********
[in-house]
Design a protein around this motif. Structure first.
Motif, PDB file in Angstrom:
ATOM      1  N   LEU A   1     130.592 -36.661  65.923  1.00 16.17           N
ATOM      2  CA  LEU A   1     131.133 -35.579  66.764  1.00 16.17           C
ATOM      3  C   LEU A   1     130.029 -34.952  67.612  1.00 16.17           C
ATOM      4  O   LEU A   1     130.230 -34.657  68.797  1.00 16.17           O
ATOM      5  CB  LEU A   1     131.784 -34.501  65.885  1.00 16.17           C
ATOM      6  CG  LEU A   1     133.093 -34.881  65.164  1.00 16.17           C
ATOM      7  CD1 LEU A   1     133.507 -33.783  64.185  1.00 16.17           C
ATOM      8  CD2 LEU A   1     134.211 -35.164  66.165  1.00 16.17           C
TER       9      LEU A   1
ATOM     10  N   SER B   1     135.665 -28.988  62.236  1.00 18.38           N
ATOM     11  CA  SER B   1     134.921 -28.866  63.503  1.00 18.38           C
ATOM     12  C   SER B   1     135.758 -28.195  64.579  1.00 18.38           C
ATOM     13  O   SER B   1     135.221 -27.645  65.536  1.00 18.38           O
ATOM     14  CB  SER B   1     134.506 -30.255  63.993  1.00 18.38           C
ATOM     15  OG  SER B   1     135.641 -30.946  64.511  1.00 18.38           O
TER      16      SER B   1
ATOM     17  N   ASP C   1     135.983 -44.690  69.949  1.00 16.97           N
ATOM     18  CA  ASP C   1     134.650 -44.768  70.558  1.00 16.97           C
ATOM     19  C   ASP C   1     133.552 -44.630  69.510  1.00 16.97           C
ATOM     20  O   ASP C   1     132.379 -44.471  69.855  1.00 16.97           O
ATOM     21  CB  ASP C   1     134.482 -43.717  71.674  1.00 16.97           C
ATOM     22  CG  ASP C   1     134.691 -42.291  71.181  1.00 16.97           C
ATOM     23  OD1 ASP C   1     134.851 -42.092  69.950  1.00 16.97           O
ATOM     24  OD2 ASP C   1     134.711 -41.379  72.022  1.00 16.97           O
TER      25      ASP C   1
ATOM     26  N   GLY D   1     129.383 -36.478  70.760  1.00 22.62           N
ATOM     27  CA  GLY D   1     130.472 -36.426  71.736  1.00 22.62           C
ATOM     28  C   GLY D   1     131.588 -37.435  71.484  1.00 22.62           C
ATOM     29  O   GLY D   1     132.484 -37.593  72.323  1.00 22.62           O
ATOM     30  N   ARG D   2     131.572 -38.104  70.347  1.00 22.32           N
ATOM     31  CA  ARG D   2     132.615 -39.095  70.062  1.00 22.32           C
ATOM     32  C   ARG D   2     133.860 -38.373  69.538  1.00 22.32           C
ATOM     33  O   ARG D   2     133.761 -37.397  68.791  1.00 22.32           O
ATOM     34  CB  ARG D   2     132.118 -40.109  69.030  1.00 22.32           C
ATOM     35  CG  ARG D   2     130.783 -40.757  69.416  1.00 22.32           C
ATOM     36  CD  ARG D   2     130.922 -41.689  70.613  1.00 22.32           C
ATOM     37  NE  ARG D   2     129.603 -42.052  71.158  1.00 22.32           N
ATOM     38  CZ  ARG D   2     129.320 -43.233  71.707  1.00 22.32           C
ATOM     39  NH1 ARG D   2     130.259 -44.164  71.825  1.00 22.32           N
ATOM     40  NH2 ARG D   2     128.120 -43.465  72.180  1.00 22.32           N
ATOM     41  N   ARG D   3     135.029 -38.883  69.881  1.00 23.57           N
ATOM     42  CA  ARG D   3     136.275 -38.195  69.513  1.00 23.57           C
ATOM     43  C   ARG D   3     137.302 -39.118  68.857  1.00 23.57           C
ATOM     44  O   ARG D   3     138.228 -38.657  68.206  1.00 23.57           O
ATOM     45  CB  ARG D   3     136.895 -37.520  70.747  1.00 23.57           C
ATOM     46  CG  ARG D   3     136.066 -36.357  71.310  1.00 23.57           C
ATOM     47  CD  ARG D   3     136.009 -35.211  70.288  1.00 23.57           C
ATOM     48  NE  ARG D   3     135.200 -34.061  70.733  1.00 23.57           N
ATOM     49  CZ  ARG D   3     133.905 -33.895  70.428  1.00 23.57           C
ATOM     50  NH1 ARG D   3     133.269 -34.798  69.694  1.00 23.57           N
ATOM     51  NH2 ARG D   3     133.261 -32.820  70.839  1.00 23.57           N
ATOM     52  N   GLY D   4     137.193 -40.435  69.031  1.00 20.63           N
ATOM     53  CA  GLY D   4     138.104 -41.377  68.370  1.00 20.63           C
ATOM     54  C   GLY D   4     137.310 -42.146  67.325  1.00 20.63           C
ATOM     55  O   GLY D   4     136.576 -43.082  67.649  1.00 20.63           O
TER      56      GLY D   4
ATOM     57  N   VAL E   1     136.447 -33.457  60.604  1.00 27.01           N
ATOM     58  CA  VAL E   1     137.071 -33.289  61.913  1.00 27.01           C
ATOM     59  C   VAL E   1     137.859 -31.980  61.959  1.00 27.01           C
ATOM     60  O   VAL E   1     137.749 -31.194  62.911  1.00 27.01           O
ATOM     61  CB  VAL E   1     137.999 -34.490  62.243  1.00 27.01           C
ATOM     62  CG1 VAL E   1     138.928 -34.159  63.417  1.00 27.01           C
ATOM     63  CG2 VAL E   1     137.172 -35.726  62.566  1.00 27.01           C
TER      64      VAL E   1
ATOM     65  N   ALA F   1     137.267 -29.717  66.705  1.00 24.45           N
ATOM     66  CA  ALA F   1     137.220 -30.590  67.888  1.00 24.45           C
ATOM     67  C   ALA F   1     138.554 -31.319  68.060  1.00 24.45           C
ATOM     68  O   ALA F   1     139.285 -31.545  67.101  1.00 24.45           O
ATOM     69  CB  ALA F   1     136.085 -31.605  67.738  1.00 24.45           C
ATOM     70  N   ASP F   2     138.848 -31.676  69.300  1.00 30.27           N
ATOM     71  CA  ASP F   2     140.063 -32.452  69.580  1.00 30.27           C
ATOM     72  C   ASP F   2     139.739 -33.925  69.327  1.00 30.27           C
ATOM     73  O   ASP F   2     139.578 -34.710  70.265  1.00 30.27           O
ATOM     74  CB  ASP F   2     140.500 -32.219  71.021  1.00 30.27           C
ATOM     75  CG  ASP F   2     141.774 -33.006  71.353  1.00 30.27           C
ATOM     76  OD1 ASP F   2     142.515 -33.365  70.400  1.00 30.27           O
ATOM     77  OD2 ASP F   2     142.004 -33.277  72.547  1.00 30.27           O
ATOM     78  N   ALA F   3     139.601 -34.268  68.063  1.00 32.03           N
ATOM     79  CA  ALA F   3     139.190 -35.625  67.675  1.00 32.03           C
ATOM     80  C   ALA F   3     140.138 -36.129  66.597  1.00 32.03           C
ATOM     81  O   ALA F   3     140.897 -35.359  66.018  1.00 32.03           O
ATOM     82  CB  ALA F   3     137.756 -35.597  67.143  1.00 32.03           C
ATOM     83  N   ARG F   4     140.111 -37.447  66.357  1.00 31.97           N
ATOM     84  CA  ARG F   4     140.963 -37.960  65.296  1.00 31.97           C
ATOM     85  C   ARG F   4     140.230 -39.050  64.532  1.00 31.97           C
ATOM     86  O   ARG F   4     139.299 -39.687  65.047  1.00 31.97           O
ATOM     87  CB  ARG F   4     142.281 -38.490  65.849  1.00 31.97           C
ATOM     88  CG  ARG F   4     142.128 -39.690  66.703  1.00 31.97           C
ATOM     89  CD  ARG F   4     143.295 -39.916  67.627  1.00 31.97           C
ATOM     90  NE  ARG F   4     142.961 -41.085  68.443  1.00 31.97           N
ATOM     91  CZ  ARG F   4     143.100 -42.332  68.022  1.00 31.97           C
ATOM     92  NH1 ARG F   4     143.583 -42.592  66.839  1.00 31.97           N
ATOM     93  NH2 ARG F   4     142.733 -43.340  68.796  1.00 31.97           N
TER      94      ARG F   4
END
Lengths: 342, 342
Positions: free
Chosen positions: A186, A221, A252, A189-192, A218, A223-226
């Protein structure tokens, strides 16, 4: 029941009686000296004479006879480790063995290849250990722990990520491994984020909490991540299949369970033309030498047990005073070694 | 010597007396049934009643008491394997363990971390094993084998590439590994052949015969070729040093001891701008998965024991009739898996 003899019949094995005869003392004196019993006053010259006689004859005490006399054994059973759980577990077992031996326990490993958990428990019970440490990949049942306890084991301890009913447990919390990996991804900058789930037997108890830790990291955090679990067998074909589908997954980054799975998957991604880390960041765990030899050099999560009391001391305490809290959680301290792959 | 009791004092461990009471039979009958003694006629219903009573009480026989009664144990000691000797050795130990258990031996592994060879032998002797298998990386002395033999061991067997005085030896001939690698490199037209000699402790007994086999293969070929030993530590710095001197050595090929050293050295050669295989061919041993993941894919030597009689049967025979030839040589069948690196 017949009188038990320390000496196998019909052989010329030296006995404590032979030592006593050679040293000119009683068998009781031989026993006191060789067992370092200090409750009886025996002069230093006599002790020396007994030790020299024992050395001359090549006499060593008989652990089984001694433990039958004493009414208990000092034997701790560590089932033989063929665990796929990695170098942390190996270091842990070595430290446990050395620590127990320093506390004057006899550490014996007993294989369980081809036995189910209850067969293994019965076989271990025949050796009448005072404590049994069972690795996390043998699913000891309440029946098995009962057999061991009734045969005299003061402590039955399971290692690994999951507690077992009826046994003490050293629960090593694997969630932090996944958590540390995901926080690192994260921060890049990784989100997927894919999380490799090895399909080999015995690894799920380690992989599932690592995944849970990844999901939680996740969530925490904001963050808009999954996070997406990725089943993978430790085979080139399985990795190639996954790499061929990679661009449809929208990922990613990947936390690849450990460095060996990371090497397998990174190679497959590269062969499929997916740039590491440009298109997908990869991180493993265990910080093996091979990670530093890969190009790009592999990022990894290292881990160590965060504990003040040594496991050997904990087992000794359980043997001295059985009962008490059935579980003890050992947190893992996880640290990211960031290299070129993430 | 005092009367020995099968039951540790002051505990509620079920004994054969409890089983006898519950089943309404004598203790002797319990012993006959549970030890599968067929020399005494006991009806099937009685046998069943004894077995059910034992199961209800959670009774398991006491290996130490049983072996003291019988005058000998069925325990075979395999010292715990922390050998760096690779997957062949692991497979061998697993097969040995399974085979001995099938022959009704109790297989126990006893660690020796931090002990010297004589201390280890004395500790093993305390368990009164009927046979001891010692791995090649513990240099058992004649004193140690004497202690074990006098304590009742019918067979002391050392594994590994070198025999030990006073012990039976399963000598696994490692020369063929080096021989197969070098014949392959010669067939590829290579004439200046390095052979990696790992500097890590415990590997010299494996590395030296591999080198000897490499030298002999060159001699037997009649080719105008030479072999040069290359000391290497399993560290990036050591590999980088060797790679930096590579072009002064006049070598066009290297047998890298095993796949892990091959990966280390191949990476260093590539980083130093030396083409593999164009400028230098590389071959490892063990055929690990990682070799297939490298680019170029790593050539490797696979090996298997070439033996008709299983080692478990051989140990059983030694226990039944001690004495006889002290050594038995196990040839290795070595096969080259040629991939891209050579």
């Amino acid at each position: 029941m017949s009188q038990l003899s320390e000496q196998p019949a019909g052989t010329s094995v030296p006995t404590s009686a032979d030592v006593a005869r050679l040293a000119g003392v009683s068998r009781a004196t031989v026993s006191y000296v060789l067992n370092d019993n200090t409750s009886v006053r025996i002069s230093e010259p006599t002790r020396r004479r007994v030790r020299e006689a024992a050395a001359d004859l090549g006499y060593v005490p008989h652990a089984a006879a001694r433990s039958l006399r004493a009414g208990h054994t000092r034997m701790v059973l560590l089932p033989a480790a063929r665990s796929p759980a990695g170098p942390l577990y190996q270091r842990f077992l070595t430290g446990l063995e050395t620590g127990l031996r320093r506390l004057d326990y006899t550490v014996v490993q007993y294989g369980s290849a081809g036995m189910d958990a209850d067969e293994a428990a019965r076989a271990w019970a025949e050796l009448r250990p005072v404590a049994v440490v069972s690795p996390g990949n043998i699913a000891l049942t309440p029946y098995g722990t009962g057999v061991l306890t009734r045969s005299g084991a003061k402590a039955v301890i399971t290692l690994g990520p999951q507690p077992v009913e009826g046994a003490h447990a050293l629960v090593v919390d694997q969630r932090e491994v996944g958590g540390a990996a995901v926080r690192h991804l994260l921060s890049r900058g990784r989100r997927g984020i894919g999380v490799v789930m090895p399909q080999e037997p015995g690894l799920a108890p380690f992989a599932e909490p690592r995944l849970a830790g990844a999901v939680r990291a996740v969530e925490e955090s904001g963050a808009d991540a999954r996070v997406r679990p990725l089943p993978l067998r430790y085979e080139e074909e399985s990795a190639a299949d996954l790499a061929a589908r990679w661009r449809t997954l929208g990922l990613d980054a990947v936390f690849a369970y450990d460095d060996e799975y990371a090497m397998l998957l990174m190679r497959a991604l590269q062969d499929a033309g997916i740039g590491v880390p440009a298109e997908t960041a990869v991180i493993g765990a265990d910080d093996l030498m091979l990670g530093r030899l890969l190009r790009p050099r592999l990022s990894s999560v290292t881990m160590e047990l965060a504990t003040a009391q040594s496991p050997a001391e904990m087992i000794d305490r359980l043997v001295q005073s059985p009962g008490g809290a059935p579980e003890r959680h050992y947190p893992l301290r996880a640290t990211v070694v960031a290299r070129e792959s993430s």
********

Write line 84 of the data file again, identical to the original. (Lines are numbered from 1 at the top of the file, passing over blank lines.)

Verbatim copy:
ATOM     81  O   ALA F   3     140.897 -35.359  66.018  1.00 32.03           O